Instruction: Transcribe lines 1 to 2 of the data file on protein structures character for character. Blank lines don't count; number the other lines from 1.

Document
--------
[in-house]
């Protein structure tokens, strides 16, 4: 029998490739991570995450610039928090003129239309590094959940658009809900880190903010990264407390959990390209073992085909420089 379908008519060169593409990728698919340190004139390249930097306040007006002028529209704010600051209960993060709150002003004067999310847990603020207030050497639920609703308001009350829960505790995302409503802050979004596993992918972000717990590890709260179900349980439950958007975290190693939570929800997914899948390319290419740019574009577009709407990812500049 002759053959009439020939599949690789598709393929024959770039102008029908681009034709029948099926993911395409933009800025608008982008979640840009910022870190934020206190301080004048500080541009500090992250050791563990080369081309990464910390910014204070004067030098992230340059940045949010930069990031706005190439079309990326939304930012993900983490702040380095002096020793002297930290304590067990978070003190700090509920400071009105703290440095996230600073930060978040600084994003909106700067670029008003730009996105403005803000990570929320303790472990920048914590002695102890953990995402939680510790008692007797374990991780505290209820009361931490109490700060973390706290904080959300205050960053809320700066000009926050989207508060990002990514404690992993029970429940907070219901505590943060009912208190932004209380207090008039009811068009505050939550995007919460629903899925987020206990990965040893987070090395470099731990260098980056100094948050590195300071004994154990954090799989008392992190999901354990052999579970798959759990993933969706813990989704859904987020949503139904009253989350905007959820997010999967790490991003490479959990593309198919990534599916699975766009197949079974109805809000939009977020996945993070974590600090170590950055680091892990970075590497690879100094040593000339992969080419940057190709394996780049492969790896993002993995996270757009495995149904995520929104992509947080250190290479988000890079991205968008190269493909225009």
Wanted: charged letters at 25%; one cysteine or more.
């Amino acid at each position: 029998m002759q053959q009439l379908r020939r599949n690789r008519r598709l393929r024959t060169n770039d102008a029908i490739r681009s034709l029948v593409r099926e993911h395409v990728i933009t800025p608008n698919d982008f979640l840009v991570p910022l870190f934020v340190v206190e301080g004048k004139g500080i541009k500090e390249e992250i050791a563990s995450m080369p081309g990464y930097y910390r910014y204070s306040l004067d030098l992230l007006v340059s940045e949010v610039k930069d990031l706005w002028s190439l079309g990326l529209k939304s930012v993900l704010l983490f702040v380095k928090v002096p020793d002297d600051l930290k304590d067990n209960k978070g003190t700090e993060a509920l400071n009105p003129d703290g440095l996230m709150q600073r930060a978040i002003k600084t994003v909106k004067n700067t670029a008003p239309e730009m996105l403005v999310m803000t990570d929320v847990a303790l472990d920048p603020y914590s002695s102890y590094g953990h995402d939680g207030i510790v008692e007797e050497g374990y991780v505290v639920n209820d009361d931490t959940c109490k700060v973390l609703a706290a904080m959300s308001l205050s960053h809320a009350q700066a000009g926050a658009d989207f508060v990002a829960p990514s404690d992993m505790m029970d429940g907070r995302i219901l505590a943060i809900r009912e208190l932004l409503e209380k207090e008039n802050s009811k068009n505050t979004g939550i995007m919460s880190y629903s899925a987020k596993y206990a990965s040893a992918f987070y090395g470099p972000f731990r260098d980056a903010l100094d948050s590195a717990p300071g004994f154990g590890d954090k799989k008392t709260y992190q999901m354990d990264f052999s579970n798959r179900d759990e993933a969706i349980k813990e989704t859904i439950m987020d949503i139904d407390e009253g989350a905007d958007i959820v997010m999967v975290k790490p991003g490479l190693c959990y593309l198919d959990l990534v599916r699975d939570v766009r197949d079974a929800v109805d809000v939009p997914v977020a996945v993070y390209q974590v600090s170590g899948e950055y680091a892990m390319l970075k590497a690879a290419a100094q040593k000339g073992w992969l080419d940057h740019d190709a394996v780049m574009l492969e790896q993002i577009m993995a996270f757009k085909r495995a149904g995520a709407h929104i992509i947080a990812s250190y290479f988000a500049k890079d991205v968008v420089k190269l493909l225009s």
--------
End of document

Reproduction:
[in-house]
């Protein structure tokens, strides 16, 4: 029998490739991570995450610039928090003129239309590094959940658009809900880190903010990264407390959990390209073992085909420089 379908008519060169593409990728698919340190004139390249930097306040007006002028529209704010600051209960993060709150002003004067999310847990603020207030050497639920609703308001009350829960505790995302409503802050979004596993992918972000717990590890709260179900349980439950958007975290190693939570929800997914899948390319290419740019574009577009709407990812500049 002759053959009439020939599949690789598709393929024959770039102008029908681009034709029948099926993911395409933009800025608008982008979640840009910022870190934020206190301080004048500080541009500090992250050791563990080369081309990464910390910014204070004067030098992230340059940045949010930069990031706005190439079309990326939304930012993900983490702040380095002096020793002297930290304590067990978070003190700090509920400071009105703290440095996230600073930060978040600084994003909106700067670029008003730009996105403005803000990570929320303790472990920048914590002695102890953990995402939680510790008692007797374990991780505290209820009361931490109490700060973390706290904080959300205050960053809320700066000009926050989207508060990002990514404690992993029970429940907070219901505590943060009912208190932004209380207090008039009811068009505050939550995007919460629903899925987020206990990965040893987070090395470099731990260098980056100094948050590195300071004994154990954090799989008392992190999901354990052999579970798959759990993933969706813990989704859904987020949503139904009253989350905007959820997010999967790490991003490479959990593309198919990534599916699975766009197949079974109805809000939009977020996945993070974590600090170590950055680091892990970075590497690879100094040593000339992969080419940057190709394996780049492969790896993002993995996270757009495995149904995520929104992509947080250190290479988000890079991205968008190269493909225009």